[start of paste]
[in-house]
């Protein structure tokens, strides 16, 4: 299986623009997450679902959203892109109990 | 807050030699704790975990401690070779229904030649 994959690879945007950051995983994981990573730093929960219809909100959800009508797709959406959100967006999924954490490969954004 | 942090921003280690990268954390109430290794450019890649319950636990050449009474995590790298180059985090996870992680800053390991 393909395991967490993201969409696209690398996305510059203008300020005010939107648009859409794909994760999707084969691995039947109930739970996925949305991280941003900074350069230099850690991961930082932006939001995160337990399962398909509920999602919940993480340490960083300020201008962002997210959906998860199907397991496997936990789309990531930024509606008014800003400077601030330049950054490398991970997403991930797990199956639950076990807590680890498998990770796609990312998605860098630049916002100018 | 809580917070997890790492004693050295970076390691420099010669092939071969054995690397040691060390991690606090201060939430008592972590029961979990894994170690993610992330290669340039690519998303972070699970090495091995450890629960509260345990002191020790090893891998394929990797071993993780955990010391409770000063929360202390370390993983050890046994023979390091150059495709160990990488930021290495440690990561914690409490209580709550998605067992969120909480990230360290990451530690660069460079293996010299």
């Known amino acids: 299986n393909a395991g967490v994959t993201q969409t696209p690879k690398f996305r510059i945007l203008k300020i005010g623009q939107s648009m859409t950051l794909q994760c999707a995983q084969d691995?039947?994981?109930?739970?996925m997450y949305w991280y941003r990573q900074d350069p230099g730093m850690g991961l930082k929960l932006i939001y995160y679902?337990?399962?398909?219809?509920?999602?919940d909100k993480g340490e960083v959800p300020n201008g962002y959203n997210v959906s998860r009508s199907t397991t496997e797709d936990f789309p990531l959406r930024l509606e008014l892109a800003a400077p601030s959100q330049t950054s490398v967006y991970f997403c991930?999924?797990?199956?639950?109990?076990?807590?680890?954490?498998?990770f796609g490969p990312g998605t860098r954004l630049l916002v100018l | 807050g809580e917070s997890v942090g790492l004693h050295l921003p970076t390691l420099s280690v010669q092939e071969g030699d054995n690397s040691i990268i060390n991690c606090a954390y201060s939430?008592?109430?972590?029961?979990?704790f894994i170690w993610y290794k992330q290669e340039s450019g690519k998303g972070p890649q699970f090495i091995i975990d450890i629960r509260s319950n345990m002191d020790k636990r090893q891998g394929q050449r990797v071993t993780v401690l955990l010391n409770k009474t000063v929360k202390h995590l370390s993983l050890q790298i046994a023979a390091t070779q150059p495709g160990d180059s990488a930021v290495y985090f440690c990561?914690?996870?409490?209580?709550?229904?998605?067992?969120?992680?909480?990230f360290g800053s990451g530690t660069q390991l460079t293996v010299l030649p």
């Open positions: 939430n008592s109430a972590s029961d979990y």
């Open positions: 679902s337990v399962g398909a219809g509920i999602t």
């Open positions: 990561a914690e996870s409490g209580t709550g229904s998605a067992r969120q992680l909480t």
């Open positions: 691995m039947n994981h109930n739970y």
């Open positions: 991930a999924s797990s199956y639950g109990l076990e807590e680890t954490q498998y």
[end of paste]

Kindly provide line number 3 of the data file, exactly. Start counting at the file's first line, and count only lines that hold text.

């Known amino acids: 299986n393909a395991g967490v994959t993201q969409t696209p690879k690398f996305r510059i945007l203008k300020i005010g623009q939107s648009m859409t950051l794909q994760c999707a995983q084969d691995?039947?994981?109930?739970?996925m997450y949305w991280y941003r990573q900074d350069p230099g730093m850690g991961l930082k929960l932006i939001y995160y679902?337990?399962?398909?219809?509920?999602?919940d909100k993480g340490e960083v959800p300020n201008g962002y959203n997210v959906s998860r009508s199907t397991t496997e797709d936990f789309p990531l959406r930024l509606e008014l892109a800003a400077p601030s959100q330049t950054s490398v967006y991970f997403c991930?999924?797990?199956?639950?109990?076990?807590?680890?954490?498998?990770f796609g490969p990312g998605t860098r954004l630049l916002v100018l | 807050g809580e917070s997890v942090g790492l004693h050295l921003p970076t390691l420099s280690v010669q092939e071969g030699d054995n690397s040691i990268i060390n991690c606090a954390y201060s939430?008592?109430?972590?029961?979990?704790f894994i170690w993610y290794k992330q290669e340039s450019g690519k998303g972070p890649q699970f090495i091995i975990d450890i629960r509260s319950n345990m002191d020790k636990r090893q891998g394929q050449r990797v071993t993780v401690l955990l010391n409770k009474t000063v929360k202390h995590l370390s993983l050890q790298i046994a023979a390091t070779q150059p495709g160990d180059s990488a930021v290495y985090f440690c990561?914690?996870?409490?209580?709550?229904?998605?067992?969120?992680?909480?990230f360290g800053s990451g530690t660069q390991l460079t293996v010299l030649p």